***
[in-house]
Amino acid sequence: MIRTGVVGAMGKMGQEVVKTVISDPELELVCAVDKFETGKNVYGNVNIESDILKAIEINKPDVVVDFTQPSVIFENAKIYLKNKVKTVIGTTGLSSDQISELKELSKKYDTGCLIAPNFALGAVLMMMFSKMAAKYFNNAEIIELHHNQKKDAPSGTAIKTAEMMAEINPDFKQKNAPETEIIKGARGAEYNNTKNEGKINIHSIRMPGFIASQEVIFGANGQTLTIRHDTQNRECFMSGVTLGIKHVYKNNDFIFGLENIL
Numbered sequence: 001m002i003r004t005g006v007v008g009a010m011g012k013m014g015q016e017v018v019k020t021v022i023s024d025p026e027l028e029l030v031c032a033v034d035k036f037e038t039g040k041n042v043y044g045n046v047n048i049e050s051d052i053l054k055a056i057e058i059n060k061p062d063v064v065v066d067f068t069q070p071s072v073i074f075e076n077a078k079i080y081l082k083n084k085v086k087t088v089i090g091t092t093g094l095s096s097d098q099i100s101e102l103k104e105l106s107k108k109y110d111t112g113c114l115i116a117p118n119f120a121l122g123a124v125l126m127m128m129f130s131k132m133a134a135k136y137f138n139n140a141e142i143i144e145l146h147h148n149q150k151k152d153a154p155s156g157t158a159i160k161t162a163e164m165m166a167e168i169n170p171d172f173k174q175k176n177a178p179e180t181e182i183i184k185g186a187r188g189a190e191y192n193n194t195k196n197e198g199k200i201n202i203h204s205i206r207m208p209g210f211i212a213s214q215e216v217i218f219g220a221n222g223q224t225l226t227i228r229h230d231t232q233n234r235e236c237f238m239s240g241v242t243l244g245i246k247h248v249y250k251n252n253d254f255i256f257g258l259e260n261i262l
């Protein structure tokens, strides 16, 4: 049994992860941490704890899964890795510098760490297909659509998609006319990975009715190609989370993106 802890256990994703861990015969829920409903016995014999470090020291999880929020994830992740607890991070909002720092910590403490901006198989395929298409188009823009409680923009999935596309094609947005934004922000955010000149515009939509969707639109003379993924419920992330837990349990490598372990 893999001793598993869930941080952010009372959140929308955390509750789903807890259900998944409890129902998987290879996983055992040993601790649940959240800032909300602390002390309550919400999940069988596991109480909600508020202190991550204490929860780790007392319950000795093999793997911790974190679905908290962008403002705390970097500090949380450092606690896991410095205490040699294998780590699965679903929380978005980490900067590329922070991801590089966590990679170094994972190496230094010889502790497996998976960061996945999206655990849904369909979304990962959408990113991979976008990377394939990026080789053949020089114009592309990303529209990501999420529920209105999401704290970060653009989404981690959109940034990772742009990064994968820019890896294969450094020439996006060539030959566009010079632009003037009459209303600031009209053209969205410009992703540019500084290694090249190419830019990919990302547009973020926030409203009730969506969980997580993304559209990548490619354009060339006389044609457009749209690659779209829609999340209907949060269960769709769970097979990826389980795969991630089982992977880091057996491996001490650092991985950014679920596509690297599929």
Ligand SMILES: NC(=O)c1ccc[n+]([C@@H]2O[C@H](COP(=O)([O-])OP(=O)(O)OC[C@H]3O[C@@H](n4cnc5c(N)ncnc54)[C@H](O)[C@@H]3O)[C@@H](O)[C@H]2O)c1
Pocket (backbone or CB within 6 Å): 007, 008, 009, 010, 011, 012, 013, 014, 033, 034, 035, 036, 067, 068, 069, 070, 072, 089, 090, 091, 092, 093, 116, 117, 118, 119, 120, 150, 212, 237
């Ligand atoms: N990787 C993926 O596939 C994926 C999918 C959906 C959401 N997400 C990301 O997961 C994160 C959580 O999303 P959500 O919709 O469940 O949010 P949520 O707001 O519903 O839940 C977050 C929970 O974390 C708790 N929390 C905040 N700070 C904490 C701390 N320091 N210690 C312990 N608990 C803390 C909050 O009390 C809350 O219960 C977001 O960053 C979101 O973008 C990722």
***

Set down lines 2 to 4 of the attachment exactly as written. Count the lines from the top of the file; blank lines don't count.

Amino acid sequence: MIRTGVVGAMGKMGQEVVKTVISDPELELVCAVDKFETGKNVYGNVNIESDILKAIEINKPDVVVDFTQPSVIFENAKIYLKNKVKTVIGTTGLSSDQISELKELSKKYDTGCLIAPNFALGAVLMMMFSKMAAKYFNNAEIIELHHNQKKDAPSGTAIKTAEMMAEINPDFKQKNAPETEIIKGARGAEYNNTKNEGKINIHSIRMPGFIASQEVIFGANGQTLTIRHDTQNRECFMSGVTLGIKHVYKNNDFIFGLENIL
Numbered sequence: 001m002i003r004t005g006v007v008g009a010m011g012k013m014g015q016e017v018v019k020t021v022i023s024d025p026e027l028e029l030v031c032a033v034d035k036f037e038t039g040k041n042v043y044g045n046v047n048i049e050s051d052i053l054k055a056i057e058i059n060k061p062d063v064v065v066d067f068t069q070p071s072v073i074f075e076n077a078k079i080y081l082k083n084k085v086k087t088v089i090g091t092t093g094l095s096s097d098q099i100s101e102l103k104e105l106s107k108k109y110d111t112g113c114l115i116a117p118n119f120a121l122g123a124v125l126m127m128m129f130s131k132m133a134a135k136y137f138n139n140a141e142i143i144e145l146h147h148n149q150k151k152d153a154p155s156g157t158a159i160k161t162a163e164m165m166a167e168i169n170p171d172f173k174q175k176n177a178p179e180t181e182i183i184k185g186a187r188g189a190e191y192n193n194t195k196n197e198g199k200i201n202i203h204s205i206r207m208p209g210f211i212a213s214q215e216v217i218f219g220a221n222g223q224t225l226t227i228r229h230d231t232q233n234r235e236c237f238m239s240g241v242t243l244g245i246k247h248v249y250k251n252n253d254f255i256f257g258l259e260n261i262l
């Protein structure tokens, strides 16, 4: 049994992860941490704890899964890795510098760490297909659509998609006319990975009715190609989370993106 802890256990994703861990015969829920409903016995014999470090020291999880929020994830992740607890991070909002720092910590403490901006198989395929298409188009823009409680923009999935596309094609947005934004922000955010000149515009939509969707639109003379993924419920992330837990349990490598372990 893999001793598993869930941080952010009372959140929308955390509750789903807890259900998944409890129902998987290879996983055992040993601790649940959240800032909300602390002390309550919400999940069988596991109480909600508020202190991550204490929860780790007392319950000795093999793997911790974190679905908290962008403002705390970097500090949380450092606690896991410095205490040699294998780590699965679903929380978005980490900067590329922070991801590089966590990679170094994972190496230094010889502790497996998976960061996945999206655990849904369909979304990962959408990113991979976008990377394939990026080789053949020089114009592309990303529209990501999420529920209105999401704290970060653009989404981690959109940034990772742009990064994968820019890896294969450094020439996006060539030959566009010079632009003037009459209303600031009209053209969205410009992703540019500084290694090249190419830019990919990302547009973020926030409203009730969506969980997580993304559209990548490619354009060339006389044609457009749209690659779209829609999340209907949060269960769709769970097979990826389980795969991630089982992977880091057996491996001490650092991985950014679920596509690297599929």